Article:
Because $f$ is continuous and nondecreasing, $g$ is continuous and strictly increasing. Thus if $(\alpha ,\beta )\subset I$ then $g(\alpha ,\beta )=(g(\alpha ),g(\beta ))$ and so
$$\lambda (g(\alpha ,\beta ))=g(\beta )g(\alpha )=\beta +f(\beta )(\alpha +f(\alpha ))=\beta \alpha +f(\beta )f(\alpha ),$$ 
showing that if $J\subset I$ is an interval then $\lambda (g(J))=\lambda (J)+\lambda (f(J))$. Suppose that $E\subset I$ and $\lambda (E)=0$, and let $\u03f5>0$. There are countably many pairwise disjoint intervals $({\alpha}_{i},{\beta}_{i})$ such that $E\subset {\bigcup}_{i}({\alpha}_{i},{\beta}_{i})$ and $$, and because $\lambda (f(E))=0$, there are countably many pairwise disjoint intervals $({\gamma}_{i},{\delta}_{i})$ such that $f(E)\subset {\bigcup}_{i}({\gamma}_{i},{\delta}_{i})$ and $$. Let
$$N={f}^{1}\left(\bigcup _{i}({\gamma}_{i},{\delta}_{i})\right)\cap \bigcup _{i}({\alpha}_{i},{\beta}_{i})=\bigcup _{i,j}({f}^{1}({\gamma}_{i},{\delta}_{i})\cap ({\alpha}_{i},{\beta}_{i}))\in \U0001d510.$$ 
We check that
$$\lambda (g(N))=\lambda (N)+\lambda (f(N)),$$ 
and because
$$ 
we have
$$ 
Finally, $E\subset N$ so $g(E)\subset g(N)$. Therefore, for every $\u03f5>0$ there is some $N\in \U0001d510$ with $g(E)\subset g(N)$ and $$, from which it follows that $\lambda (g(E))=0$.
Suppose that $E\subset I$ belongs to $\U0001d510$. Because $E\in \U0001d510$, there are ${E}_{0},{E}_{1}\in \U0001d510$ such that $E={E}_{0}\cup {E}_{1}$, $\lambda ({E}_{0})=0$, and ${E}_{1}$ is a countable union of closed sets (namely, an ${F}_{\sigma}$set). On the one hand, as ${E}_{1}\subset I$, ${E}_{1}$ is a countable union of compact sets, and because $g$ is continuous, $g({E}_{1})$ is a countable union of compact sets, and in particular belongs to $\U0001d510$. On the other hand, because $\lambda ({E}_{0})=0$, $g({E}_{0})\in \U0001d510$. Therefore $g(E)=g({E}_{0})\cup g({E}_{1})\in \U0001d510$. Define $\mu :\U0001d510\to [0,\mathrm{\infty})$ by
$$\mu (E)=\lambda (g(E\cap I)),E\in \U0001d510.$$ 
If ${E}_{i}$ are countably many pairwise disjoint elements of $\U0001d510$, then $g({E}_{i}\cap I)$ are pairwise disjoint elements of $\U0001d510$, hence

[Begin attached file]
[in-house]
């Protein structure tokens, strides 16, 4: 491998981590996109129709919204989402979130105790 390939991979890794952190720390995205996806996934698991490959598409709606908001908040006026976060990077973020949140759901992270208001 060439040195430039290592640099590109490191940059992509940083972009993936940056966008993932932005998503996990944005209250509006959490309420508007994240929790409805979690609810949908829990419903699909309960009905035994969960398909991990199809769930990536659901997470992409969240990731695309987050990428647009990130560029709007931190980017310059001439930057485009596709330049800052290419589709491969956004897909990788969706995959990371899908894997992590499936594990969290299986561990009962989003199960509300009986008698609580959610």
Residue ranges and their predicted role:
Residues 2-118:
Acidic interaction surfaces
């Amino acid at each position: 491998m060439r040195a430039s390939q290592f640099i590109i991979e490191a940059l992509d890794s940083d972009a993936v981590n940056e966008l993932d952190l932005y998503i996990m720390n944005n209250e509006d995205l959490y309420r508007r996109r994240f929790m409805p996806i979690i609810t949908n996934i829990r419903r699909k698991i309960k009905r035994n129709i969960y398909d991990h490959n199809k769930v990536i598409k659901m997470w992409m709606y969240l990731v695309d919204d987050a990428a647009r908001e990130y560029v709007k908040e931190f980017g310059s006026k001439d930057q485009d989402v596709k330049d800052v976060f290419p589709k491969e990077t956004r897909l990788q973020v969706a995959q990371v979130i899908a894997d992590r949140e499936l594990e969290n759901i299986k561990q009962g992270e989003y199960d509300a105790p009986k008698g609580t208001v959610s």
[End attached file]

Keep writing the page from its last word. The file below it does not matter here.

$\mu \left({\displaystyle \bigcup _{i}}{E}_{i}\right)$  $=\lambda \left(g\left(\left({\displaystyle \bigcup _{i}}{E}_{i}\right)\cap I\right)\right)$  
$=\lambda \left({\displaystyle \bigcup _{i}}g({E}_{i}\cap I)\right)$  
$={\displaystyle \sum _{i}}\lambda (g({E}_{i}\cap I))$  
$={\displaystyle \sum _{i}}\mu ({E}_{i}),$ 
showing that $\mu $ is a measure. If $\lambda (E)=0$, then $\lambda (E\cap I)=0$ so $\lambda (g(E\cap I))=0$, i.e. $\mu (E)=0$. This shows that $\mu $ is absolutely continuous with respect to $\lambda $. Therefore by the RadonNikodym theorem^{4}^{4} 4 Walter Rudin, Real and Complex Analysis, third ed., p. 121, Theorem 6.10. there is a unique $h\in {L}^{1}(\lambda )$ such that
$$\mu (E)={\int}_{E}h\mathit{d}\lambda ,E\in \U0001d510.$$ 
$h(x)\ge 0$ for $\lambda $almost all $x\in \mathbb{R}$.
Suppose that $x\in \mathbb{R}$ and let $E=[a,x]$. Then $g(E)=[g(a),g(x)]$, and
$$\mu (E)={\int}_{E}h(t)\mathit{d}\lambda (t)={\int}_{a}^{x}h(t)\mathit{d}\lambda (t).$$ 
On the other hand,
$$\mu (E)=\lambda (g(E))=\lambda ([g(a),g(x)])=g(x)g(a)=x+f(x)(a+f(a)).$$ 
Hence
$$f(x)f(a)={\int}_{a}^{x}h(t)\mathit{d}\lambda (t)(xa),$$ 
i.e.,
$$f(x)f(a)={\int}_{a}^{x}(h(t)1)\mathit{d}\lambda (t).$$ 
By the Lebesgue differentiation theorem,^{5}^{5} 5 Walter Rudin, Real and Complex Analysis, third ed., p. 141, Theorem 7.11. ${f}^{\prime}(x)=h(x)1$ for $\lambda $almost all $x\in \mathbb{R}$, and it follows that ${f}^{\prime}\in {L}^{1}(\lambda )$ and